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The ABCs of ESG: Evaluating the Environmental Practices of a Company

The ABCs of ESG: Evaluating the Environmental Practices of a Company

Matthew Griffith, CFA, Senior Research Analyst & Brent Williams, CFA, Senior Research Analyst

You may have heard of ESG investing, but what is it really? ESG investing focuses on identifying companies that have strong Environmental, Social, and Governance ratings. While, on the surface, the Environmental component may seem to be the most straightforward and easy-to-understand category for ESG investors, we believe it is helpful to illustrate all of the major factors considered in this important area. In this part of our Perspectives series on ESG investing, we focus on the “E.”

The carbon footprint of a company factors heavily into its Environmental rating — both the amount of carbon generated as a result of a company’s operations, as well as the carbon impact of the company’s finished goods or services. For example, a company in the oilfield services industry (which provides tools, data, and analysis for energy producers) may emit little to no carbon in the creation and sale of its technology, but its services do have a carbon footprint given their end-use in helping to produce oil and gas. On the other hand, a large telecommunications company may emit carbon as it builds and manages its nationwide infrastructure, but the service it sells (cellular coverage) results in negligible emissions of carbon.

There are several other factors considered in Environmental analysis that go beyond carbon. Pharmaceutical companies have the benefit of little to no carbon footprint in both the way their treatments are produced and in the way they are administered; however, these companies are evaluated by how they handle other types of emissions from the creation of their medicines, and also by how they handle the disposal of special waste. Other major Environmental considerations that impact a broad-range of companies are: the usage of natural resources (notably land and water), energy consumption, and the treatment of animals. Companies are also evaluated by how well their suppliers handle the above-mentioned issues. This additional focus on suppliers incentivizes companies to work with partners that also consider their impact on the Environment.

The Environmental risks faced by a company can vary significantly from industry to industry. For example, the Environmental risks of doing business as an insurance company are much less compared to those faced by an oil refiner. However, in our opinion, it doesn’t necessarily mean that investors who invest in ESG should only invest in a narrow subset of industries with low Environmental risk or low overall ESG risk. This can lead to a lack of diversification and introduce other risks to an investor’s portfolio.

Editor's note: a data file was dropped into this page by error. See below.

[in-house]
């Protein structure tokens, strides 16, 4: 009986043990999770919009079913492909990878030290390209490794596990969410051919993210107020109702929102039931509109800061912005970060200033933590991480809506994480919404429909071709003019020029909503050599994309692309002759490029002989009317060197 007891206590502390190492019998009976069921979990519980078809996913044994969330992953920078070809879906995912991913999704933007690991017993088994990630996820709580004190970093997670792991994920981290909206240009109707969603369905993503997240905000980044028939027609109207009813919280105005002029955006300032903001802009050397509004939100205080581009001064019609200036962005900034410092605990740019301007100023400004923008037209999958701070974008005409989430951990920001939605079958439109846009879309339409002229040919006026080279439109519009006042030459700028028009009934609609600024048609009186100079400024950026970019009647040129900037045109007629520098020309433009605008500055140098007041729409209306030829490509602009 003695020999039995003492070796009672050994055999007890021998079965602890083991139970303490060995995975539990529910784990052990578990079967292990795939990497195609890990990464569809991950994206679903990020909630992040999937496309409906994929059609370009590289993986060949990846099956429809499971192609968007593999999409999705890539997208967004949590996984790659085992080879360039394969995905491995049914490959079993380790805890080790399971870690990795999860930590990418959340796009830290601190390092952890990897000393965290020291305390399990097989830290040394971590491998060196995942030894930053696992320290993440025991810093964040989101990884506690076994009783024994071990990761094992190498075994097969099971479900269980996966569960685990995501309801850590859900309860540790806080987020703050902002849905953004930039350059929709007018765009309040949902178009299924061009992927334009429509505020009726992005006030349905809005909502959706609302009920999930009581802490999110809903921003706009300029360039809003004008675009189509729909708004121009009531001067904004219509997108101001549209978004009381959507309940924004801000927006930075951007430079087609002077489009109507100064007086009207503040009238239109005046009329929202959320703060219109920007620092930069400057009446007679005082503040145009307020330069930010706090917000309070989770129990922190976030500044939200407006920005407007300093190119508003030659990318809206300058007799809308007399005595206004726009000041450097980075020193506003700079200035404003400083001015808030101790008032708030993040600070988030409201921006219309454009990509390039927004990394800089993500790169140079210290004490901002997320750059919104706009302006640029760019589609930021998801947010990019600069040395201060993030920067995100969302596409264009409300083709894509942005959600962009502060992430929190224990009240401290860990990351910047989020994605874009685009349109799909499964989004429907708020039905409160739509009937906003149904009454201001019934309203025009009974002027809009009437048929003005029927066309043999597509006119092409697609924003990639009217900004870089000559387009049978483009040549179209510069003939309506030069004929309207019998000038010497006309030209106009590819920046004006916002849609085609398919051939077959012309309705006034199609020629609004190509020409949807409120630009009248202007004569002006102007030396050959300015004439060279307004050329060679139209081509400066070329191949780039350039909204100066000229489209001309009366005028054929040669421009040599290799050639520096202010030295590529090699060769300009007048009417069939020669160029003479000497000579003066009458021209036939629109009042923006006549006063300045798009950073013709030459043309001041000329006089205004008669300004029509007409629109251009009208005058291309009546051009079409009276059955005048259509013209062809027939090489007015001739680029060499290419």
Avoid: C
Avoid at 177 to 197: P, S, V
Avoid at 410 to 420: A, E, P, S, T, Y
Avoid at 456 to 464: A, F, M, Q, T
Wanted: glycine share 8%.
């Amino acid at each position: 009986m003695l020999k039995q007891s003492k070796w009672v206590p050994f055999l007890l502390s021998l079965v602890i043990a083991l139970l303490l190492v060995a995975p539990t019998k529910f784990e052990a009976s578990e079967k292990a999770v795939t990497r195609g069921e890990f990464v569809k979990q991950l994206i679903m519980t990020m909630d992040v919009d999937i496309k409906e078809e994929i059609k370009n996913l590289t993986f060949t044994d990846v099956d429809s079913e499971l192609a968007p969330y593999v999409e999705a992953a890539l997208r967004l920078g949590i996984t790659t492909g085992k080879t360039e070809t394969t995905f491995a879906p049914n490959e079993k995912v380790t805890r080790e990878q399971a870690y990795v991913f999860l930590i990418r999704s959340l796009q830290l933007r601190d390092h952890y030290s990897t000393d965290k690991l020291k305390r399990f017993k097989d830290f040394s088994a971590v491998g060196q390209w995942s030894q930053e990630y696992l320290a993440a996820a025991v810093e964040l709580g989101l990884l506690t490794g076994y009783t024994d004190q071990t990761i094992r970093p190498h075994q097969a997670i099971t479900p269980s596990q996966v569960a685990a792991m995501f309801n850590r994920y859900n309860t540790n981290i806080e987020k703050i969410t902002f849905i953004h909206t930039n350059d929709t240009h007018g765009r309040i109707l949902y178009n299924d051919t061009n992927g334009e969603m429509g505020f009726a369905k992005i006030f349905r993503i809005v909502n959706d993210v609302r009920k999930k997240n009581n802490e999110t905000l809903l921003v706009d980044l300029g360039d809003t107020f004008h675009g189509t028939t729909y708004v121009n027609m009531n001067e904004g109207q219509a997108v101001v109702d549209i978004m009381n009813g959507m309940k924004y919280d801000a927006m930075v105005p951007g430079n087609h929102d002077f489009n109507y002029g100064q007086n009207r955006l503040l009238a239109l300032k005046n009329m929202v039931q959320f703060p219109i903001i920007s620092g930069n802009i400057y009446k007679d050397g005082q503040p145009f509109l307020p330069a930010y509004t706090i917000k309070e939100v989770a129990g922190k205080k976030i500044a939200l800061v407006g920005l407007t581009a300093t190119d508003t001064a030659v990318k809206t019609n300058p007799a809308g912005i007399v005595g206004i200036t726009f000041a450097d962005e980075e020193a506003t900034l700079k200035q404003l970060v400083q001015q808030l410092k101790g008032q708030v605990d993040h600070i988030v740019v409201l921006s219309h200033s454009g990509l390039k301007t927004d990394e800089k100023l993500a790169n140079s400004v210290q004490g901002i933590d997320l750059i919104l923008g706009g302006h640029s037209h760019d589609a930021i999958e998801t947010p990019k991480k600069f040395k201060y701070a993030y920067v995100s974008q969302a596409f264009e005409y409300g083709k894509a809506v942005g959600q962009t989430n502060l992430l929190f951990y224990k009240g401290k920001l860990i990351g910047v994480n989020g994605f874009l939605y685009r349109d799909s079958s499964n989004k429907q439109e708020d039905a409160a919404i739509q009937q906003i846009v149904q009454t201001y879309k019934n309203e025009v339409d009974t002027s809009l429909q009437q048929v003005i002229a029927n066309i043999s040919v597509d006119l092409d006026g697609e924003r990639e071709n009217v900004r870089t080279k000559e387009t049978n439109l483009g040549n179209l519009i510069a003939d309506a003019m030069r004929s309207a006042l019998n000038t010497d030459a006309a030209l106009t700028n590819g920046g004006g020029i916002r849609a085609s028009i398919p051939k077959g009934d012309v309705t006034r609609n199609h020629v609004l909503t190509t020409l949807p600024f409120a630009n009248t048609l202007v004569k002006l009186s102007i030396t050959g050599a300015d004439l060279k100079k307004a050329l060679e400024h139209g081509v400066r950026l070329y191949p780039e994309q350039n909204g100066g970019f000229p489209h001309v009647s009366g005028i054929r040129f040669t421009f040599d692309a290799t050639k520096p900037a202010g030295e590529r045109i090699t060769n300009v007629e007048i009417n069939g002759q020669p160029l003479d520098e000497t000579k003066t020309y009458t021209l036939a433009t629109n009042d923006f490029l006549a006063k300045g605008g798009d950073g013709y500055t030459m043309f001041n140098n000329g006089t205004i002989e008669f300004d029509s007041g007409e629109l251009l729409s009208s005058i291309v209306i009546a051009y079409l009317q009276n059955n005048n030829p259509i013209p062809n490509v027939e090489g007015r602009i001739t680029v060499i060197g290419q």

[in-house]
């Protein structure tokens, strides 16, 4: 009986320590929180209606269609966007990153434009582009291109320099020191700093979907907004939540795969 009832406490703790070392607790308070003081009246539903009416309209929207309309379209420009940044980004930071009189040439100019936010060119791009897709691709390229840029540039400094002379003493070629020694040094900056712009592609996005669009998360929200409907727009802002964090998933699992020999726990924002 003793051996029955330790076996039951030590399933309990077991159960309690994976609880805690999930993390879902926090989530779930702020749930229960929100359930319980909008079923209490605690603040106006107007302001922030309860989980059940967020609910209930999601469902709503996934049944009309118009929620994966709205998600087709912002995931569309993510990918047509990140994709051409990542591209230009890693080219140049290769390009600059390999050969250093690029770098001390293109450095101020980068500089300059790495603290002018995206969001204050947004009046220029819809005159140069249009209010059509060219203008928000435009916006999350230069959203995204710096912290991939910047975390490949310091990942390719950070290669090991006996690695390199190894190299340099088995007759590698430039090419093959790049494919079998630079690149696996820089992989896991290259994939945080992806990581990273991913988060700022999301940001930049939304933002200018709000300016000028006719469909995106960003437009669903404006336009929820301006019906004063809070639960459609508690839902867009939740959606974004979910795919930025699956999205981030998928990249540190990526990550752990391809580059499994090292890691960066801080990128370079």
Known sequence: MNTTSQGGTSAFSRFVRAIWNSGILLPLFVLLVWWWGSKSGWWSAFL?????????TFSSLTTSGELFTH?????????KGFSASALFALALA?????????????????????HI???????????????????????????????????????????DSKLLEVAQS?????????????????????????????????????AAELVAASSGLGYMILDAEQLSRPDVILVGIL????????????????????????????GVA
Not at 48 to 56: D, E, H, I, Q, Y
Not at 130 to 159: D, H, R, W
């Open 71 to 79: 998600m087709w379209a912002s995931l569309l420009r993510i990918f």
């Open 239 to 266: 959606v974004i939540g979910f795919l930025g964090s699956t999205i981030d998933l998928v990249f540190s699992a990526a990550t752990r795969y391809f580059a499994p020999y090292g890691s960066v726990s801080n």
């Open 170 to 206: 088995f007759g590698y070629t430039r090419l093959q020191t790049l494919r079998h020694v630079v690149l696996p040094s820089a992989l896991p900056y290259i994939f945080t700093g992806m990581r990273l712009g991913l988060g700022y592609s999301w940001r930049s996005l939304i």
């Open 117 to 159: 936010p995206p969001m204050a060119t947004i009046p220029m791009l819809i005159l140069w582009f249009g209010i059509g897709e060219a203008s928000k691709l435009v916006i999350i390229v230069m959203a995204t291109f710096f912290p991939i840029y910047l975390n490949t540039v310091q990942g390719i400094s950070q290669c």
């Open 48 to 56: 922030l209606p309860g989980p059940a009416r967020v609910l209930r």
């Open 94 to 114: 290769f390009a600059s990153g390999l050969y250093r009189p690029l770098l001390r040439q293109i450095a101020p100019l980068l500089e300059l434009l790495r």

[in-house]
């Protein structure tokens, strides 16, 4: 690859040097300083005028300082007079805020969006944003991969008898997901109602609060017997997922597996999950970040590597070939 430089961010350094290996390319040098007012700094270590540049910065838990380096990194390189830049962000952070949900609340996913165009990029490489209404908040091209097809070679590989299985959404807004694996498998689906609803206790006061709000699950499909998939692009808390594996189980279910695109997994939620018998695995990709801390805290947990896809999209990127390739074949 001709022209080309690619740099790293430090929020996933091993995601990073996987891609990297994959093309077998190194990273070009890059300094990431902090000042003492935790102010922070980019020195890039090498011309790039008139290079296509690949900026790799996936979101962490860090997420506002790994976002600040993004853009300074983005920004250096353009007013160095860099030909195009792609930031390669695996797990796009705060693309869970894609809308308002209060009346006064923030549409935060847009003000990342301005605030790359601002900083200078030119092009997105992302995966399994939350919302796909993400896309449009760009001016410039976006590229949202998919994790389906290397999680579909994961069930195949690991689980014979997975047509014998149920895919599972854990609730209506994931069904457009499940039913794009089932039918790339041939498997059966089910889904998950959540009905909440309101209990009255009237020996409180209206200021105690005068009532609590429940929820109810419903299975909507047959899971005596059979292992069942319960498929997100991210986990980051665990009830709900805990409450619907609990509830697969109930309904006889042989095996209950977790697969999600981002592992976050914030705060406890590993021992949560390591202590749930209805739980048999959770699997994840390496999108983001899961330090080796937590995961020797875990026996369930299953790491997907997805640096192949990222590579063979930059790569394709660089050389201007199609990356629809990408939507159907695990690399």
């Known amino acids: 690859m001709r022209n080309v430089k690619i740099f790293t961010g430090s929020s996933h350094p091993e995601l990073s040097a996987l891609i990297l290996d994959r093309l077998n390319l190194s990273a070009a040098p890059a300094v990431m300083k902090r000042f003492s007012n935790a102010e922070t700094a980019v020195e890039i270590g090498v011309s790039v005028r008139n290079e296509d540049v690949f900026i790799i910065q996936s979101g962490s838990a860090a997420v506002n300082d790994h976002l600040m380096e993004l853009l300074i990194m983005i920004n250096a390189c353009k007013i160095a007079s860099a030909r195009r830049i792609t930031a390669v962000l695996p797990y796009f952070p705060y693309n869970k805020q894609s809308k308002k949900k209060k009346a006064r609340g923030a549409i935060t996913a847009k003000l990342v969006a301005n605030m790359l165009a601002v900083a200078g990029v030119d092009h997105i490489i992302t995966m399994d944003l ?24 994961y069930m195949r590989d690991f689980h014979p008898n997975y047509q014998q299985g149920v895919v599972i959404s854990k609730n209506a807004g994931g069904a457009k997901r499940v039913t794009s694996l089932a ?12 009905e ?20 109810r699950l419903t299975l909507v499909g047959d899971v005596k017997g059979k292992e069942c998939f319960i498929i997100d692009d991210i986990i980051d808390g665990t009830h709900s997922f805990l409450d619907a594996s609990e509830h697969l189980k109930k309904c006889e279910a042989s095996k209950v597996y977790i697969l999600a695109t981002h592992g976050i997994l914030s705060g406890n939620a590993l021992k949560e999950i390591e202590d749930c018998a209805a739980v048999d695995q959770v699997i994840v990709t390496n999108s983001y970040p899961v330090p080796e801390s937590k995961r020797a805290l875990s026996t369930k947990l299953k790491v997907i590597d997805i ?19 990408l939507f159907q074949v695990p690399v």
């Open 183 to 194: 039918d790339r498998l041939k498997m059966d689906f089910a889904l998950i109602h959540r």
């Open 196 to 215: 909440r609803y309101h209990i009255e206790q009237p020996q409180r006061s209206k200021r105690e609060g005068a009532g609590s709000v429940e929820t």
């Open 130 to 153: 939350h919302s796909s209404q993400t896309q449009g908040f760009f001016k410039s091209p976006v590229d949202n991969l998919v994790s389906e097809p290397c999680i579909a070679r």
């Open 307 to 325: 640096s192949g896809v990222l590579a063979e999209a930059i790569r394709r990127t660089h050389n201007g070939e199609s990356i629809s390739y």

An increased focus on ESG investing is pushing companies to be more attentive to how they impact the world around them. By factoring ESG into portfolio construction, an individual investor has the ability to direct his or her investments towards companies that strive for excellence and push their industry peers to improve as well. At D.A. Davidson, we manage investment strategies that own stocks of leading ESG companies, while also considering how they all fit together within a diversified portfolio.

Additional Perspectives pieces on ESG can be found here. For more information, contact a D.A. Davidson financial advisor.

Source: Sustainalytics

Information contained herein has been obtained by sources we consider reliable, but is not guaranteed and we are not soliciting any action based upon it. Any opinions expressed are based on our interpretation of the data available to us at the time of the original publication of the report. These opinions are subject to change at any time without notice. Investors must bear in mind that inherent in investments are the risks of fluctuating prices and the uncertainties of dividends, rates of return, and yield. Investors should also remember that past performance is not necessarily an indicator of future performance and D.A. Davidson & Co. makes no guarantee, expressed or implied to future performance. D.A. Davidson & Co. is a registered broker-dealer and registered investment adviser that does not provide tax or legal advice. Investors should consult their financial and/or tax advisor before implementing any investment plan. Copyright D.A. Davidson & Co., 2019. All rights reserved. Member SIPC.


Research, ESG